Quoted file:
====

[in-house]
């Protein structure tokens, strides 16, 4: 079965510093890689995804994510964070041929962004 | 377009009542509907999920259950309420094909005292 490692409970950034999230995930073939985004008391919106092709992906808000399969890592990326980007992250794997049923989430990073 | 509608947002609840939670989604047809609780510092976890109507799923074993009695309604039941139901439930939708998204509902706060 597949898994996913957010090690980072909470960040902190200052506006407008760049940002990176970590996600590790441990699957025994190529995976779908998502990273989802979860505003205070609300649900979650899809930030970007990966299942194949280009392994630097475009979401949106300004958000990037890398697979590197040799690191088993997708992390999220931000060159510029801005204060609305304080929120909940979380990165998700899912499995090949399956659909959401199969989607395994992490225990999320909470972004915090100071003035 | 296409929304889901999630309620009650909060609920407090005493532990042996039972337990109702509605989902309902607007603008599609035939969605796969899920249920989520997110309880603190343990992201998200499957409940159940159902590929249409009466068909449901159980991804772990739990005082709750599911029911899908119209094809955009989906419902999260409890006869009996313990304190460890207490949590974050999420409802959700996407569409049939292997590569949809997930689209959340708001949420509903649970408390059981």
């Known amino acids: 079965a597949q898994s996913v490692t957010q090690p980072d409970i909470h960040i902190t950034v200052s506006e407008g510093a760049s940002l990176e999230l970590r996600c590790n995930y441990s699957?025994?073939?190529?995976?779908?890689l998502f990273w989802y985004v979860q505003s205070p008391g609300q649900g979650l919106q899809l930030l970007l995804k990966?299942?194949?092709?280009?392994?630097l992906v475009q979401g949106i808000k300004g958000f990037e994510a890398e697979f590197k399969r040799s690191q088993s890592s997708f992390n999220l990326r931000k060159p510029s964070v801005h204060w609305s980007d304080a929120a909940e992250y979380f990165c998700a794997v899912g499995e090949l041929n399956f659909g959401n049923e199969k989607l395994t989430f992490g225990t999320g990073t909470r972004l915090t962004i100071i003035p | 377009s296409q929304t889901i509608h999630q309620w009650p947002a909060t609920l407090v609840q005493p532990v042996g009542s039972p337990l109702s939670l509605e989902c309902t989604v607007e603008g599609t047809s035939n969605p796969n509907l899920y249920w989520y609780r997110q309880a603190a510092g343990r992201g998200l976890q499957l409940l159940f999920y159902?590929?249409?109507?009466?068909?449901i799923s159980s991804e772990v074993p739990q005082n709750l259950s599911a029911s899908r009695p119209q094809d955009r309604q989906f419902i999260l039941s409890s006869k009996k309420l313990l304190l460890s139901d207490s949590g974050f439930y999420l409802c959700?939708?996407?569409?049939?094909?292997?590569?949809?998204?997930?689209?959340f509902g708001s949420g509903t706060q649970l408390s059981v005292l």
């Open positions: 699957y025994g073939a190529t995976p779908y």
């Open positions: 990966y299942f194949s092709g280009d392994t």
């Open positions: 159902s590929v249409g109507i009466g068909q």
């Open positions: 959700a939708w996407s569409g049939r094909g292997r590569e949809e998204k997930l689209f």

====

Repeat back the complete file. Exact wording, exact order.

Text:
[in-house]
């Protein structure tokens, strides 16, 4: 079965510093890689995804994510964070041929962004 | 377009009542509907999920259950309420094909005292 490692409970950034999230995930073939985004008391919106092709992906808000399969890592990326980007992250794997049923989430990073 | 509608947002609840939670989604047809609780510092976890109507799923074993009695309604039941139901439930939708998204509902706060 597949898994996913957010090690980072909470960040902190200052506006407008760049940002990176970590996600590790441990699957025994190529995976779908998502990273989802979860505003205070609300649900979650899809930030970007990966299942194949280009392994630097475009979401949106300004958000990037890398697979590197040799690191088993997708992390999220931000060159510029801005204060609305304080929120909940979380990165998700899912499995090949399956659909959401199969989607395994992490225990999320909470972004915090100071003035 | 296409929304889901999630309620009650909060609920407090005493532990042996039972337990109702509605989902309902607007603008599609035939969605796969899920249920989520997110309880603190343990992201998200499957409940159940159902590929249409009466068909449901159980991804772990739990005082709750599911029911899908119209094809955009989906419902999260409890006869009996313990304190460890207490949590974050999420409802959700996407569409049939292997590569949809997930689209959340708001949420509903649970408390059981």
């Known amino acids: 079965a597949q898994s996913v490692t957010q090690p980072d409970i909470h960040i902190t950034v200052s506006e407008g510093a760049s940002l990176e999230l970590r996600c590790n995930y441990s699957?025994?073939?190529?995976?779908?890689l998502f990273w989802y985004v979860q505003s205070p008391g609300q649900g979650l919106q899809l930030l970007l995804k990966?299942?194949?092709?280009?392994?630097l992906v475009q979401g949106i808000k300004g958000f990037e994510a890398e697979f590197k399969r040799s690191q088993s890592s997708f992390n999220l990326r931000k060159p510029s964070v801005h204060w609305s980007d304080a929120a909940e992250y979380f990165c998700a794997v899912g499995e090949l041929n399956f659909g959401n049923e199969k989607l395994t989430f992490g225990t999320g990073t909470r972004l915090t962004i100071i003035p | 377009s296409q929304t889901i509608h999630q309620w009650p947002a909060t609920l407090v609840q005493p532990v042996g009542s039972p337990l109702s939670l509605e989902c309902t989604v607007e603008g599609t047809s035939n969605p796969n509907l899920y249920w989520y609780r997110q309880a603190a510092g343990r992201g998200l976890q499957l409940l159940f999920y159902?590929?249409?109507?009466?068909?449901i799923s159980s991804e772990v074993p739990q005082n709750l259950s599911a029911s899908r009695p119209q094809d955009r309604q989906f419902i999260l039941s409890s006869k009996k309420l313990l304190l460890s139901d207490s949590g974050f439930y999420l409802c959700?939708?996407?569409?049939?094909?292997?590569?949809?998204?997930?689209?959340f509902g708001s949420g509903t706060q649970l408390s059981v005292l």
């Open positions: 699957y025994g073939a190529t995976p779908y």
């Open positions: 990966y299942f194949s092709g280009d392994t």
């Open positions: 159902s590929v249409g109507i009466g068909q």
């Open positions: 959700a939708w996407s569409g049939r094909g292997r590569e949809e998204k997930l689209f």